THE LIFE OF FATHER DAMIEN
Father Damien, the Belgian Catholic priest who lived in a leprosy colony on the island of Molokai in Hawaii between 1873 and 1889, is to be raised to sainthood in a ceremony in Rome on 11 October 2009.
Father Damien was born Joseph de Veuster into a large family in 1840. He was raised as a Christian and his father, a farmer-merchant, planned that Joseph would eventually take charge of the family business.
However, when he was 18, Joseph felt called by God to follow his brother into the priesthood and was ordained aged 23. It was then that he took the name of Damien, member of the Congregation of the Sacred Hearts of Jesus and Mary, a missionary religious institute. He won recognition for his ministry to people with leprosy (also known as Hansen's disease), who had been placed under a government-sanctioned medical quarantine on the island of Moloka’i in the Kingdom of Hawai’i.
Damien went to say goodbye to his brother Pamphile, who was about to sail to Honolulu, Hawaii as a missionary, but found that he was too sick to travel the long journey. Damien took Pamphile's place and so began his life's work.
On March 19, 1864, Damien landed at Honolulu Harbor on Oahu as a missionary. There, Damien was ordained into the priesthood on May 21, 1864, at the Cathedral of Our Lady of Peace a church that had been founded by his religious institute. In 1865, he was assigned to the Catholic Mission in North Kohala on the Island of Hawaii.
While Father Damien was serving in several parishes on Oahu, the Kingdom of Hawaii was facing a public health crisis. Some Native Hawaiians became infected by several diseases brought to the Hawaiian Islands by foreign traders and sailors. Thousands of Hawaiians died of influenza, syphilis and other ailments that had never been seen there before. One of these other diseases was leprosy (Hansen's disease).
At that time, leprosy was thought to be highly contagious, but later it was found that 95 percent of human beings are immune to it. Leprosy was also thought to be incurable. Out of fear of its spread in 1865, the Hawaiian Legislature passed and King Kamehameha V approved the "Act to Prevent the Spread of Leprosy".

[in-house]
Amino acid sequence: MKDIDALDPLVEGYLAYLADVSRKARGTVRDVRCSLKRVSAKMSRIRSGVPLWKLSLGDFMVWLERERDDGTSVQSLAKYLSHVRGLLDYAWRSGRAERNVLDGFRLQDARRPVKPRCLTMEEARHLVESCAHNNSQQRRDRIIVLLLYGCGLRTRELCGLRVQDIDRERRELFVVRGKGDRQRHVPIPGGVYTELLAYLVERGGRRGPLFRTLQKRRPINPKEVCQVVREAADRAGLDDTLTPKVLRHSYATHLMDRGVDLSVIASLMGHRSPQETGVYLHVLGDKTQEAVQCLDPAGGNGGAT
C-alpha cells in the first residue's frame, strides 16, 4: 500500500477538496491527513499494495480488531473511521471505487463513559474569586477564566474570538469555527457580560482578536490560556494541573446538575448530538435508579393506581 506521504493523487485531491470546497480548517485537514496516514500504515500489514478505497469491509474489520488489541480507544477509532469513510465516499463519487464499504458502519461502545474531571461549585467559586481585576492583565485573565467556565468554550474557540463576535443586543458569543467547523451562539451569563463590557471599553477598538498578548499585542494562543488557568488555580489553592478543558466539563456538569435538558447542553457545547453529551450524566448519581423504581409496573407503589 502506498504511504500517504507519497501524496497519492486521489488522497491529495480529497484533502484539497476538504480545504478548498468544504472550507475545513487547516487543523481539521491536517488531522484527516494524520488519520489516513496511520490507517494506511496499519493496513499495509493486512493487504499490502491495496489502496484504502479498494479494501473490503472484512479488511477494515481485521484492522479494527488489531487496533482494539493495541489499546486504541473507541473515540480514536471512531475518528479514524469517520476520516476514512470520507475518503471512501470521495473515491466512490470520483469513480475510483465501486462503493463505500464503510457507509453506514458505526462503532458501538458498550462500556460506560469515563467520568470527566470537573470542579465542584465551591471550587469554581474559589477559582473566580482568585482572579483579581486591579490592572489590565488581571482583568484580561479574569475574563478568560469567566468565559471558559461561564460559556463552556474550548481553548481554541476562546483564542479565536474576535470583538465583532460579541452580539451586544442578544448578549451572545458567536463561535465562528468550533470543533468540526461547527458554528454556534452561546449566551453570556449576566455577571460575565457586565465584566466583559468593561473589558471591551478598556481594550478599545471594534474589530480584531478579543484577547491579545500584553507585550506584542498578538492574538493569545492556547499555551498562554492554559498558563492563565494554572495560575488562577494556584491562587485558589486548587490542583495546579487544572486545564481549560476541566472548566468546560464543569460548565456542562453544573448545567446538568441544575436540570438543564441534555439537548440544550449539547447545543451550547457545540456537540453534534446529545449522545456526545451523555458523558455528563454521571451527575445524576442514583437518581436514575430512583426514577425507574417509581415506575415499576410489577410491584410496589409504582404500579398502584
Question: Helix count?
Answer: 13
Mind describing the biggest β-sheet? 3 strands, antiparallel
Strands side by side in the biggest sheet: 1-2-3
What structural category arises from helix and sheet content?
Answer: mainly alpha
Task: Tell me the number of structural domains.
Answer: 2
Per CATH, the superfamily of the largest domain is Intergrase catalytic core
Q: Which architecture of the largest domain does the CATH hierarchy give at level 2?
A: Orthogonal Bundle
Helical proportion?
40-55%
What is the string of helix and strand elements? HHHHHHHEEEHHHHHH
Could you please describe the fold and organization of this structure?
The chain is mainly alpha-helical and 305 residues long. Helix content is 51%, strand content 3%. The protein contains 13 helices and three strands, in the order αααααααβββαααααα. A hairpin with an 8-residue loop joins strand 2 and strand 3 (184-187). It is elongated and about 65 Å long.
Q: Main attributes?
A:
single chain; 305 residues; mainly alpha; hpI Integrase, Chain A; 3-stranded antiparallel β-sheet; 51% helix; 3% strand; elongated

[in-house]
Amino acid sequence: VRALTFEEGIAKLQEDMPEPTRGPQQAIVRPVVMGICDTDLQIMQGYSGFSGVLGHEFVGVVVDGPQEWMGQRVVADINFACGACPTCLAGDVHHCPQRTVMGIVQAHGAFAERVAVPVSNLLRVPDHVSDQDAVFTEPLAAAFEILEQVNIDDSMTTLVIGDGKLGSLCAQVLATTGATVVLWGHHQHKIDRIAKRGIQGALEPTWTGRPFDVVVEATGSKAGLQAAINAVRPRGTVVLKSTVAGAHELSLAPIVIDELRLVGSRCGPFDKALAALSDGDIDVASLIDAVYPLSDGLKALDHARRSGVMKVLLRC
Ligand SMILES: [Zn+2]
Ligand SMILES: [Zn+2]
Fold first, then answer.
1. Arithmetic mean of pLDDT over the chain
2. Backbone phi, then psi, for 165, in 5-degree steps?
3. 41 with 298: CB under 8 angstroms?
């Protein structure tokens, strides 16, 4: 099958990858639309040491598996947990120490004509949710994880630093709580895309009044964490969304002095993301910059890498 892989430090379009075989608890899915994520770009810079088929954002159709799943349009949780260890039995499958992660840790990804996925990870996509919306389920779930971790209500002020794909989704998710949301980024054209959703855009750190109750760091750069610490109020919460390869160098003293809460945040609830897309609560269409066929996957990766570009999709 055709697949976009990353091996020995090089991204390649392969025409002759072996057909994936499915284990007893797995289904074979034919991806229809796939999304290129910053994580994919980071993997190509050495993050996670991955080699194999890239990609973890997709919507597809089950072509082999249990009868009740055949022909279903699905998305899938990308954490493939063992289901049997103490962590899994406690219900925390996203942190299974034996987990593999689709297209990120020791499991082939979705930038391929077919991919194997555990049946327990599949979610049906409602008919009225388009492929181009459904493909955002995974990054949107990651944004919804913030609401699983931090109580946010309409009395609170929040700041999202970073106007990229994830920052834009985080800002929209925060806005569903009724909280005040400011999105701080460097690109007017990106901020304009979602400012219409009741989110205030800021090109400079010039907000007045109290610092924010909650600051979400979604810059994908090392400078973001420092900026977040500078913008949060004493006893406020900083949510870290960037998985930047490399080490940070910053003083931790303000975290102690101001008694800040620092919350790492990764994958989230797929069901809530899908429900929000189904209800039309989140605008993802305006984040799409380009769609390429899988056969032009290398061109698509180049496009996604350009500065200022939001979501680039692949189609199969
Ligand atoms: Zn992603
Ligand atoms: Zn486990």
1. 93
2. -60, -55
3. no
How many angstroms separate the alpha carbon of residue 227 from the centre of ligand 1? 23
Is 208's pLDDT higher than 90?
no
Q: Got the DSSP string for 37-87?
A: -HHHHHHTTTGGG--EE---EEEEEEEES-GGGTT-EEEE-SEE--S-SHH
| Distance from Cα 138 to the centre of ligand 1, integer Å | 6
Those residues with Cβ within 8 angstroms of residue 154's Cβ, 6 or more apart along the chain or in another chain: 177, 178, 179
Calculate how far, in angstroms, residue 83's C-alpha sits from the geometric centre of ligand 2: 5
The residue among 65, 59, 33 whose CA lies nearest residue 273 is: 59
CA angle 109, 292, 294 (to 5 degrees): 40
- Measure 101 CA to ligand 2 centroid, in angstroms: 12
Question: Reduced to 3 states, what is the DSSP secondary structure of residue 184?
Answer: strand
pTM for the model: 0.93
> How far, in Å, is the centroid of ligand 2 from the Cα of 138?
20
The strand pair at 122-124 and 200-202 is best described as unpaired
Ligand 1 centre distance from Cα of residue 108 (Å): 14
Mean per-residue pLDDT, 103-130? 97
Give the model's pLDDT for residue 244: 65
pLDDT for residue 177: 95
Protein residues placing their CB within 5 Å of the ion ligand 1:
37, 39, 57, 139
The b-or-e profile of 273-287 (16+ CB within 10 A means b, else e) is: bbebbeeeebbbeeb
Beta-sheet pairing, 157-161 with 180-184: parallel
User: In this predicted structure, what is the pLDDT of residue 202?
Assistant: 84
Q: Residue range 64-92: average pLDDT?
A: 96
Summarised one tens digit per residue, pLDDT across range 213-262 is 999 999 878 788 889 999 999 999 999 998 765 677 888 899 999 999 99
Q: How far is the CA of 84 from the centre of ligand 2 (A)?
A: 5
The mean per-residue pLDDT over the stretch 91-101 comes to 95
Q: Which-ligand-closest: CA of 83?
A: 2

This law quarantined the lepers of Hawaii and caused them to be moved to settlement colonies of Kalaupapa and Kalawao on the eastern end of the Kalaupapa peninsula on the island of Molokai, Kalawao County, where the villages are located is divided from the rest of Molokai by a steep mountain ridge, and even now the only land access to it is by a mule trail. About 8,000 Hawaiians were sent to the Kalaupapa peninsula from 1866 through 1969.
In the beginning, the Royal Board of Health provided the quarantined people with food and other supplies, but it did not have the resources to offer proper health care for them. According to documents of that time, the Kingdom of Hawaii did not plan the settlements to be penal colonies, but the kingdom did not provide enough resources to support them. The kingdom planned for the inhabitants to grow their own crops, but because of the local environment and the effects of leprosy, this was impractical.
While Bishop Louis Desire Maigret believed that the lepers at least needed a Catholic priest to assist them, he realized that this assignment could become a death sentence. Hence he did not want to send any one person "in the name of obedience". After much prayer, four priests volunteered to go. The bishop's plan was for the volunteers to take turns assisting the inhabitants.
Father Damien was the first priest to volunteer, and on May 10, 1873, he arrived at the secluded settlement at Kalaupapa, where Bishop Maigret presented him to the 816 lepers living there. Damien's first course of action was to build a church and establish the Parish of Saint Philomena. His role was not limited to being a religious priest. He dressed ulcers, built homes and furniture, made coffins, and dug graves. Six months after his arrival at Kalawao he wrote his brother, Pamphile, in Europe:
...I make myself a leper with the lepers to gain all to Jesus Christ.
Father Damien's arrival is seen by some as a turning point for the community. Under his leadership, basic laws were enforced, shacks became painted houses, working farms were organized, and schools were established. At his own request, and of the lepers, Father Damien remained on Molokai.
In December 1884 while preparing to bathe, Damien inadvertently put his foot into scalding water, causing his skin to blister. He felt nothing. Damien had contracted leprosy. Despite this discovery, residents say that Damien worked vigorously to build as many homes as he could and planned for the continuation of the programs he created after he was gone.